A meth-addicted couple have taken their sick baby to the hospital where Child Protective Services take custody of the endangered child. This sparks a spiral of conflicts that propels the play forward along an often harrowing path.
The evening-length dance-theater work makes its Southeast premiere March 16 and 17 at Diana Wortham Theatre.
Families with kids should not wait to make reservations as these shows are playing to capacity crowds and tickets are pretty scarce at the door.
After his 1994 graduation, Robb Smith left his hometown. Like a story from an independent gay movie, he jumped on a Greyhound bus bound for Asheville, where he started a new life — complete with a drag persona — with the help of an accepting uncle.
The story is simple, yet becomes complicated when the titular rumors begin to fly. Deputy Mayor Charlie and his wife Moira are celebrating their 10th anniversary. They’ve invited four couples to their house for the party, but something is amiss.
Honor Moor’s new play tickles the funny bone over our nation’s political divide.
Is it possible that 9 to 5 is to the #MeToo movement what The Crucible was to ’50s-era McCarthy hearings? It comes close.
The benefit performances take place Feb. 23 at The DFR Room in Brevard and Feb. 24 at The Orange Peel in Asheville.
There’s an inherent passion behind this production. By the end, we find ourselves searching for that skylight in our own lives — a moment when we built something beautiful in an attempt to mend something terrible that we did for the sake of love.
In 1959, Alabama state senator E.O. Eddins Sr. (renamed Higgins in the play) became aware of a children’s book called The Rabbits’ Wedding, which showed the marriage of a white rabbit to a black rabbit, and demanded that the title be pulled from Alabama public library shelves.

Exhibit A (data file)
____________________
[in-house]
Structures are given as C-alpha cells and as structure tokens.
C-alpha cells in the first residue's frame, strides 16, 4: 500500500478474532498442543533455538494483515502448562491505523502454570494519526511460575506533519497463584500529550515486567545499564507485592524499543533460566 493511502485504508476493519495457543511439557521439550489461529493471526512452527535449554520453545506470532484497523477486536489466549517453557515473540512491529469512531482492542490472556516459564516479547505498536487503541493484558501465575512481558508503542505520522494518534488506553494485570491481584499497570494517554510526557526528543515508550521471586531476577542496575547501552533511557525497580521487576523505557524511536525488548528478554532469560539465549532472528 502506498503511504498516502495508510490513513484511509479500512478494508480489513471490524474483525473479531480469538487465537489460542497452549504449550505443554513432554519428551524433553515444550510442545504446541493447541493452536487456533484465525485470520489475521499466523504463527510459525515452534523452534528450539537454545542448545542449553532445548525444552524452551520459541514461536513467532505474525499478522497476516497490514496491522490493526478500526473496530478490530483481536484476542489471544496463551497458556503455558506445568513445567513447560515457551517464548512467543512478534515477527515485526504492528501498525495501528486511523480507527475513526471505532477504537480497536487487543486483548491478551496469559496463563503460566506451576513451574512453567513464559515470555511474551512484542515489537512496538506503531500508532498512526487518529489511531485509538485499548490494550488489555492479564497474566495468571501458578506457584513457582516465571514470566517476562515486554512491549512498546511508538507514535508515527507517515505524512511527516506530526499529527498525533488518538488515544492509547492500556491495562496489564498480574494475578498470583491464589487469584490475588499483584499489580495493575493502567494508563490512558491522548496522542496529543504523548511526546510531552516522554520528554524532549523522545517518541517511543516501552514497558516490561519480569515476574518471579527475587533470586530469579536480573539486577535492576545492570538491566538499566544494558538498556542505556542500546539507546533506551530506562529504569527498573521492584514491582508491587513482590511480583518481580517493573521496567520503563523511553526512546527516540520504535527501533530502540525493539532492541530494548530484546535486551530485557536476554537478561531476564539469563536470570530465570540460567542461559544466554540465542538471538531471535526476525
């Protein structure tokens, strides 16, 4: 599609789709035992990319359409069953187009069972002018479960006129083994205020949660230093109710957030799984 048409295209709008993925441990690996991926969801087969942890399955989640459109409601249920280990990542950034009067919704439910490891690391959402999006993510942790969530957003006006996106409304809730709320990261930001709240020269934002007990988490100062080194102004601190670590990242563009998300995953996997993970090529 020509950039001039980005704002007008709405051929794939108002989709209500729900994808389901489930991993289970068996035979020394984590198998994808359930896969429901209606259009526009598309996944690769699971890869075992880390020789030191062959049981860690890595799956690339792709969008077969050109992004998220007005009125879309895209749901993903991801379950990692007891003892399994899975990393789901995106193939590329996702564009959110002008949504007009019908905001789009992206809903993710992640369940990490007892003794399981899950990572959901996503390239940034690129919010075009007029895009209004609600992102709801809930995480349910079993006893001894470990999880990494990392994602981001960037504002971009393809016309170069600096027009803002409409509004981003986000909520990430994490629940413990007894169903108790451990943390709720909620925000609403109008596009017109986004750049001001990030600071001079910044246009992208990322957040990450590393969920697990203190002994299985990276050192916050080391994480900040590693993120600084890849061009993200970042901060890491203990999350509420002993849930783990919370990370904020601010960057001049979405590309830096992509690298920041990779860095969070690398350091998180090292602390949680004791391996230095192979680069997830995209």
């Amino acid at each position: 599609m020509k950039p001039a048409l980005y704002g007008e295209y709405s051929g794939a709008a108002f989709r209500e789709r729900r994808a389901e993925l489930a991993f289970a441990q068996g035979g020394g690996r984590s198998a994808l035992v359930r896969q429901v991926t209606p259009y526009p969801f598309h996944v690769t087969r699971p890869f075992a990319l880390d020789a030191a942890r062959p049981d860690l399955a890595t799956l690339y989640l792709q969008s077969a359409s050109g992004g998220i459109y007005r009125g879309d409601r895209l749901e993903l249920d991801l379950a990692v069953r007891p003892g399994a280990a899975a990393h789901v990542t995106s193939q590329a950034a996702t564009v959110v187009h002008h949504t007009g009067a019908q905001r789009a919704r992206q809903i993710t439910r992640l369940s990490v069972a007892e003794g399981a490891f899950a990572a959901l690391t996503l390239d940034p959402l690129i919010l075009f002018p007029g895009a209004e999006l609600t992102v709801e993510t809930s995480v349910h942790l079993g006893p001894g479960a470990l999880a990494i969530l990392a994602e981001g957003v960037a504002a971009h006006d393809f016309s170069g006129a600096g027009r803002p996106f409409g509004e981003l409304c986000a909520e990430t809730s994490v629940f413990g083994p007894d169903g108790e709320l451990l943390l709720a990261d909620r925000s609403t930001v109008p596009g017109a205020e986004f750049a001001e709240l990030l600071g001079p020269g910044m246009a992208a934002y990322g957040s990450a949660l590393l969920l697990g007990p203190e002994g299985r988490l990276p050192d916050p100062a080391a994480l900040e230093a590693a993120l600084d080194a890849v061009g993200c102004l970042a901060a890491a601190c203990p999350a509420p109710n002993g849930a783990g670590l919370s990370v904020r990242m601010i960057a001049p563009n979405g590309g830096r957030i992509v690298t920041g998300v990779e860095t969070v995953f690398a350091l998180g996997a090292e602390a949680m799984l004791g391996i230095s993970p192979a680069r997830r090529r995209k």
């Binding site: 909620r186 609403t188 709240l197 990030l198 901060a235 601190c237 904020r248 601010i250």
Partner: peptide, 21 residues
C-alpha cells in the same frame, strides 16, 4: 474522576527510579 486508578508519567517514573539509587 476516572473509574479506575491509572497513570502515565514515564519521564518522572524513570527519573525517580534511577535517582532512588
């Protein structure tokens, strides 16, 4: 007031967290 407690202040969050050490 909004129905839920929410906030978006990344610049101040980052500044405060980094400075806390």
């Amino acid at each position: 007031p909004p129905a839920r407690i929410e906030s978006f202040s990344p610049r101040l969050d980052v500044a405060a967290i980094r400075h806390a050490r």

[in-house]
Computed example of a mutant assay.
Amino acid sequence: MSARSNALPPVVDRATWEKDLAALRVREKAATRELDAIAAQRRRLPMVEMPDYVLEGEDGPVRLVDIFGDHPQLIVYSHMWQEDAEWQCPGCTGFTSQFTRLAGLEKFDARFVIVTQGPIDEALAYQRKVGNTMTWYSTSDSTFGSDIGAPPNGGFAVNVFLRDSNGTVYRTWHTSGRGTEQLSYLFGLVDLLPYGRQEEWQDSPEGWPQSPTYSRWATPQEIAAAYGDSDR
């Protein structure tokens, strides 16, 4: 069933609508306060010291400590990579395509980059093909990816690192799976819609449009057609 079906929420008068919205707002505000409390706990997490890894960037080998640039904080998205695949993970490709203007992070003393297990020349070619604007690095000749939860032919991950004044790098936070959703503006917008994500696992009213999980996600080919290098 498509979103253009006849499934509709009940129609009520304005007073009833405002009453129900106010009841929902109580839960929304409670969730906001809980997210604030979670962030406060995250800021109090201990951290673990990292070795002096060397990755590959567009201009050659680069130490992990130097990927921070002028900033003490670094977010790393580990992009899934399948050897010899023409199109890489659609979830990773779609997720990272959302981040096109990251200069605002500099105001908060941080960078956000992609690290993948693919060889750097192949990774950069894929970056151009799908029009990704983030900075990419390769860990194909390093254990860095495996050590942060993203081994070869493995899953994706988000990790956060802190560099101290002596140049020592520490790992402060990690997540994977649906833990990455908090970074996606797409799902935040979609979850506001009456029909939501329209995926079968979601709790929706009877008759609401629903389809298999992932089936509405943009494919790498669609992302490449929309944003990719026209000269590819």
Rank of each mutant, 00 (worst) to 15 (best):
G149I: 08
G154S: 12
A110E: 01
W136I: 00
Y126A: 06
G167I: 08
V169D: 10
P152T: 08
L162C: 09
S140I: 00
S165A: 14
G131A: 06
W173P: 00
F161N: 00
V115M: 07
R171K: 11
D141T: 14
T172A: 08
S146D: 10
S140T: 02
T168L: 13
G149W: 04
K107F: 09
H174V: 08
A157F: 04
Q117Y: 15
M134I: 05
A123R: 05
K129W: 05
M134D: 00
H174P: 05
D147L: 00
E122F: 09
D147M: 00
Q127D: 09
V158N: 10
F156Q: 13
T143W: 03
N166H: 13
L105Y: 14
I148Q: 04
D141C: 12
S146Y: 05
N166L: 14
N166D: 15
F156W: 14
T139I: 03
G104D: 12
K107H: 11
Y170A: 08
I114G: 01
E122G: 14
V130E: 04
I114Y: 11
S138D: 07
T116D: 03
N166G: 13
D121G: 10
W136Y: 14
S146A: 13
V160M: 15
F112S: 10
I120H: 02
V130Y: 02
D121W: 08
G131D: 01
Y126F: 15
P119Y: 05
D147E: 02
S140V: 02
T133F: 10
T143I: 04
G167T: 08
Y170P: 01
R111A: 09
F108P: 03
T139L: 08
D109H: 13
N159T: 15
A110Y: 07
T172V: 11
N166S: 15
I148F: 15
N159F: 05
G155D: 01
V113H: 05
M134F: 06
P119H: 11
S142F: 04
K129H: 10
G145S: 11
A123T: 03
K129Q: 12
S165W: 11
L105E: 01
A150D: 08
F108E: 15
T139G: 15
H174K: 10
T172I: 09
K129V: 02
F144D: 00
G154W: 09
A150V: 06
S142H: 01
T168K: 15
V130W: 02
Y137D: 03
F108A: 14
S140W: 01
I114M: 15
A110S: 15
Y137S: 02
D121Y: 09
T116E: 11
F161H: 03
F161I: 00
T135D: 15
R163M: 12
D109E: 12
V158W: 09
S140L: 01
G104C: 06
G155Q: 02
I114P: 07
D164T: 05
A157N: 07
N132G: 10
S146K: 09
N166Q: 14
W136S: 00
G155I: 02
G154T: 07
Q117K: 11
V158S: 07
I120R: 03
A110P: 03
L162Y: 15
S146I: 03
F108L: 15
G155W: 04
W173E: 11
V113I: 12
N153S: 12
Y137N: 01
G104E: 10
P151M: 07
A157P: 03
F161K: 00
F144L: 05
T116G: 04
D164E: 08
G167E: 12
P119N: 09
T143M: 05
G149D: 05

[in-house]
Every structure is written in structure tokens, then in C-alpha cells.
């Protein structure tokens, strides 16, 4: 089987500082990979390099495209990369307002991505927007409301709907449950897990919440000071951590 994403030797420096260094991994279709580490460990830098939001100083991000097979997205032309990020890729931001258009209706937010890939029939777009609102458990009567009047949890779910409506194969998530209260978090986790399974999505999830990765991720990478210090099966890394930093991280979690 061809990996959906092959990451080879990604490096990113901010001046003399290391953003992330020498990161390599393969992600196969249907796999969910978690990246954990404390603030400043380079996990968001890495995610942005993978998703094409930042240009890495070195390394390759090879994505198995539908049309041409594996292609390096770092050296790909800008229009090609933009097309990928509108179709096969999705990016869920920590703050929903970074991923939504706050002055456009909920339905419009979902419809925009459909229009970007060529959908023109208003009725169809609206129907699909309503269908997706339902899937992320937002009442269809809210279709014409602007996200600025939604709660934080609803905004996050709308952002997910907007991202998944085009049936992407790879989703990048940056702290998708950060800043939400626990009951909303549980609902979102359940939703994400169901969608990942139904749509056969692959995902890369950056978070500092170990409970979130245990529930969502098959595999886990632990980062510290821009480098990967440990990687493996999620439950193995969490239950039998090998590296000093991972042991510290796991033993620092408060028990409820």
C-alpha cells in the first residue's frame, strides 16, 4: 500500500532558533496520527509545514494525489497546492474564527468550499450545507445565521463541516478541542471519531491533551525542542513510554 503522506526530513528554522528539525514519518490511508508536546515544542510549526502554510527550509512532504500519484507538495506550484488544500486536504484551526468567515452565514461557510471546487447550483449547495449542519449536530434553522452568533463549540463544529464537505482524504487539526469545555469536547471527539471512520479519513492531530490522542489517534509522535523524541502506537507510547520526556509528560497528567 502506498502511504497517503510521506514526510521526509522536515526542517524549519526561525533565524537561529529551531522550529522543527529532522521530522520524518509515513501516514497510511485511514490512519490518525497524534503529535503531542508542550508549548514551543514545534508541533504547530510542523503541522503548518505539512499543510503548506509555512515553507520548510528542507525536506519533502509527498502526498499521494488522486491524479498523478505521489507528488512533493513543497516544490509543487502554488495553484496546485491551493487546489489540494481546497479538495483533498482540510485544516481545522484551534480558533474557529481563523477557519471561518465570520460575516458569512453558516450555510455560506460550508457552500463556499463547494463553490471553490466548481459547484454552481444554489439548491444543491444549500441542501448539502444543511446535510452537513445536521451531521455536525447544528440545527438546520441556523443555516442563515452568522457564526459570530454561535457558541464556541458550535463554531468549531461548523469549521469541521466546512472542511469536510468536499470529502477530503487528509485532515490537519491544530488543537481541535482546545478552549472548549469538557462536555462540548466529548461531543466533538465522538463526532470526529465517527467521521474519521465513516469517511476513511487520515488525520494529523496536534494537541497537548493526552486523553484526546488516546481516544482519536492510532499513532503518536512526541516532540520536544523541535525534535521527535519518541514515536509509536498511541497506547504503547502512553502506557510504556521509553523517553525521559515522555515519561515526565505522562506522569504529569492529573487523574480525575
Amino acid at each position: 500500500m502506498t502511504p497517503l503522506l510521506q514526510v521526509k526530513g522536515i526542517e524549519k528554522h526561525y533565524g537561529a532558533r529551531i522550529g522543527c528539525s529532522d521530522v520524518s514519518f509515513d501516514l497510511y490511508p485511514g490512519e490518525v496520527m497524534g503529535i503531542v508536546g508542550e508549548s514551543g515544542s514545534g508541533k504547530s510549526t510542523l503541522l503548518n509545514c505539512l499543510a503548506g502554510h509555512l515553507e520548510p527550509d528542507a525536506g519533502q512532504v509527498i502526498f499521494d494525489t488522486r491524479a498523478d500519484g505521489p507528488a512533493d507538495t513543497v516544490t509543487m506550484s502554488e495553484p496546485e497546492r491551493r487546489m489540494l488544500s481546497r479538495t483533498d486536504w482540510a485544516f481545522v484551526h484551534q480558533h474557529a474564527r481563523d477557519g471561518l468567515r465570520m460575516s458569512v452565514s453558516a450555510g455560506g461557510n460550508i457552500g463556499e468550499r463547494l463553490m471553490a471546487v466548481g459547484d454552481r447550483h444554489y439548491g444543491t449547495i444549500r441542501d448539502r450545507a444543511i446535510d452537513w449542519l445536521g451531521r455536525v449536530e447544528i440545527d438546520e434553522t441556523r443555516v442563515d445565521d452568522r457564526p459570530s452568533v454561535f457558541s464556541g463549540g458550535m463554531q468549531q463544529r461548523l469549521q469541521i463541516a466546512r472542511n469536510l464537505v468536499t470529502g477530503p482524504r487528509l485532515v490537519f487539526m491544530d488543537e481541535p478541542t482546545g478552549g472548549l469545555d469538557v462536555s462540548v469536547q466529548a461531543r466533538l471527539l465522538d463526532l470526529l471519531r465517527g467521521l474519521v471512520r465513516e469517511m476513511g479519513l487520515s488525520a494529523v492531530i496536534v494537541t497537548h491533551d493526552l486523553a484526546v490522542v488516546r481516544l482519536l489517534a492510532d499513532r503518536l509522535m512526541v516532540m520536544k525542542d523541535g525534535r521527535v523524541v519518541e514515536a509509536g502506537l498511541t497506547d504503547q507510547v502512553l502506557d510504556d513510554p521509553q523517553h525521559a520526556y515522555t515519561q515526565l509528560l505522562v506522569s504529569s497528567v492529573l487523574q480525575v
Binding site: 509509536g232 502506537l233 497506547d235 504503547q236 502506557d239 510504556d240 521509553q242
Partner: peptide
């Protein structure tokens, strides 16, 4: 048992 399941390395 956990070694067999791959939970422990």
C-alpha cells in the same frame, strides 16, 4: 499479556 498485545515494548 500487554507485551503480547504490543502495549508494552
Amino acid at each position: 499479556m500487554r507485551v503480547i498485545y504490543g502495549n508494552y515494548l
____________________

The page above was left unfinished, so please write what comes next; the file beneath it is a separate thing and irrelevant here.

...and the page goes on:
The latest from local playwright David Brendan Hopes is a touching coming-of-age relationship drama featuring a trio of strong performances.
In this installment, Bertie has come to New York to dodge familial obligations back in England, but his desire to get away from it all comes crashing down when his friend Nigel Bingham-Binkersteth, aka Binky, arrives with a madcap plan to win the heart of the actress Ruby LeRoy.
The four-day multidisciplinary arts festival, which runs Thursday through Sunday, Jan. 25-28, is the place for artists to showcase new, innovative works. Subthemes for this year’s Fringe include experimental art, fringey fun, raw emotion, social justice and the wildly weird.
Plays like this one are typically confined to academic settings these days, but for those who love this sort of thing, I can’t imagine it being done any better than it is here.
The play is also a blueprint for any aspiring Asheville leftists or progressives about how to work with the many contradictions in Asheville’s democratic party.
“I’ve been doing this Christmas show for 12 years,” Waters says. “Even when I made all the movies, I use to always do a show called This Filthy World or An Evening with John Waters. It began when I use to tour with the movies to introduce them. I’ve always had a stage show of some kind or other — I never gave up on Vaudeville.”
Sanders Family Christmas marks SART’s homecoming production. The musical is the sequel in Connie Ray and Alan Bailey’s bluegrass gospel trilogy, Smoke on the Mountain. The show launches Tuesday, Dec. 14 and runs through Saturday, Dec. 23.
Because of Maria Buchanan’s incredible performance, you’ll be hard-pressed to find a better show than ‘The Tweleve Dates of Christmas’ this season.
Separate incidents in Canton and Buncombe County over the past week highlight the racial tensions that have dominated headlines throughout 2017 in WNC and across the country.
Shouting, fighting and a 7-year-old smoking cigars in the bathroom, which leads to a visit from the fire department, before the chaos resolves into a happy and poignant ending.
Asheville artist Tim Arem’s one-man Japanese-themed family circus theater experience will be performed Dec. 10 at The Altamont Theatre.